It was indicative of the seriousness of the charge and the build-up of frustration among Catholic clergy at the incessant punch-bag tactics of the media that the Association of Catholic Priests (ACP) issued an unusually forthright statement protesting ‘in the strongest possible terms at this unacceptable slur on the Irish priesthood’. Not a body given to simplistic stances or knee-jerk reactions to tabloid slurs, the ACP – representing as it does over 1000 Irish priests – felt obliged to respond. Not reacting would have been a virtual acceptance of the truth of the slur.
There’s a positive side to what the Irish Times must regard as (for them) something of an embarrassing debacle. It’s about the growing sense of the need for priests to stand up for themselves, to question the culture of apology that so many now take for granted, to refuse to allow anyone and everyone to drag us through the mire without claiming our right to our good name as people and as citizens, to question the wisdom (even the biblical wisdom) of always and in every circumstance turning the other cheek.
That’s not to say that in certain circumstances apologies are not in order. Of course, they are, minimal and all as they sometimes seem. And as a Church and as a priesthood we have much to apologise for. But there comes a point at which we need to assert our individual, human and civic rights, even in the face of what seems like an ever-growing tsunami of public disgrace and condemnation.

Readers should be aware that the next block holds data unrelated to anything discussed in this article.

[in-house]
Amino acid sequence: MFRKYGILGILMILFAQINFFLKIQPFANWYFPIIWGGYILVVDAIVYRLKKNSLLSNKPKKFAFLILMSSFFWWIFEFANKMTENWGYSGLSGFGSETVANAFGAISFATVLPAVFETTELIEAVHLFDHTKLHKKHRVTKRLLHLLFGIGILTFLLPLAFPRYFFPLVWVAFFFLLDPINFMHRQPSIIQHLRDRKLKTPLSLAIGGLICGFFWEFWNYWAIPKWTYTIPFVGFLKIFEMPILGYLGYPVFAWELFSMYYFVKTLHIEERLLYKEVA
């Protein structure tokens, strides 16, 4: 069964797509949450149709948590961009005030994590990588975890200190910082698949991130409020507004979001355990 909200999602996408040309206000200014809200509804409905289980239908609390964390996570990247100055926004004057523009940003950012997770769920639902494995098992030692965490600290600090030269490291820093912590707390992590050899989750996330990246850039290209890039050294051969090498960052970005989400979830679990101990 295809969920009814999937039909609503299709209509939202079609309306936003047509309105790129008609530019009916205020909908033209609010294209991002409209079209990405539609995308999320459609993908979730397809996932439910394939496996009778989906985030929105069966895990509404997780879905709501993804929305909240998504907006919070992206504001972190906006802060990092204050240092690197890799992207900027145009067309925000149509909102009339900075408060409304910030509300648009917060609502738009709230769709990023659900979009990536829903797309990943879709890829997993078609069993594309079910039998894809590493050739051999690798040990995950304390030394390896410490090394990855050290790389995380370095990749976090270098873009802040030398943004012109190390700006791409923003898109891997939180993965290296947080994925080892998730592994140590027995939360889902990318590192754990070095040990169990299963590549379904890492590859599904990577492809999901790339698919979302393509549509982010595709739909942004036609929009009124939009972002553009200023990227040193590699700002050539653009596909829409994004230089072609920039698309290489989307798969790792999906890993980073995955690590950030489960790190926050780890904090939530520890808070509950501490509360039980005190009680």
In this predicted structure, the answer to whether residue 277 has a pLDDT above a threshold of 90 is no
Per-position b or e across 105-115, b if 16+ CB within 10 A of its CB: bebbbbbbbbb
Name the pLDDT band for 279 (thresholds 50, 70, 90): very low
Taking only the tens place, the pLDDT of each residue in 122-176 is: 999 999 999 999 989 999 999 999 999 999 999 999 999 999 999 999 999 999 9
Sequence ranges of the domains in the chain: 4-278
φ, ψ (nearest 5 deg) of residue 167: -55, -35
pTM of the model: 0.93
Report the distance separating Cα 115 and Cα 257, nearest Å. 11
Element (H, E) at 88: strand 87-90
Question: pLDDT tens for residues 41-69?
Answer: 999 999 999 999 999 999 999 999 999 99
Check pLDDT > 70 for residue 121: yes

That’s not to say either that Turner’s folly should diminish the need for the media to analyse and dissect public issues, including the crimes and misdemeanours of individuals and institutions. And it’s not to compromise the importance of satire in the public forum. But it’s to say that when a line has been crossed and those who publicly hold the higher moral ground are seen to have spectacularly failed to live up to their own standards that the hard truth should be named – in everyone’s interest.
While the right to free expression is important and should be defended, it’s not an absolute right. And those who are prepared to hurt and offend should not see it as a fail-safe or catch-all defence for their bigotry, of whatever hue. If saying about a named individual priest that he is a danger to children is defamatory, what do we call saying the same thing about every priest in Ireland? Satire?
If the Irish Times defamed one priest by name they would have to part with a considerable sum of money to help right the wrong – as RTE had to do when Fr Kevin Reynolds was defamed by the RTE PrimeTime Investigates programme. But when the Irish Times defames every priest in Ireland, an apology suffices?
So maybe the other side of this coin is that Turner’s infamous cartoon may help the progressively disenchanted Catholic clergy to find their own voice, to stand up for themselves, especially when no one else seems ready to accept that poisoned chalice.
As priests we need to say clearly and unapologetically that, as only a small minority of Catholic priests have abused children (terrible and shameful though that is), that it is a grotesque injustice to tar everyone with the same brush. When will the media get it?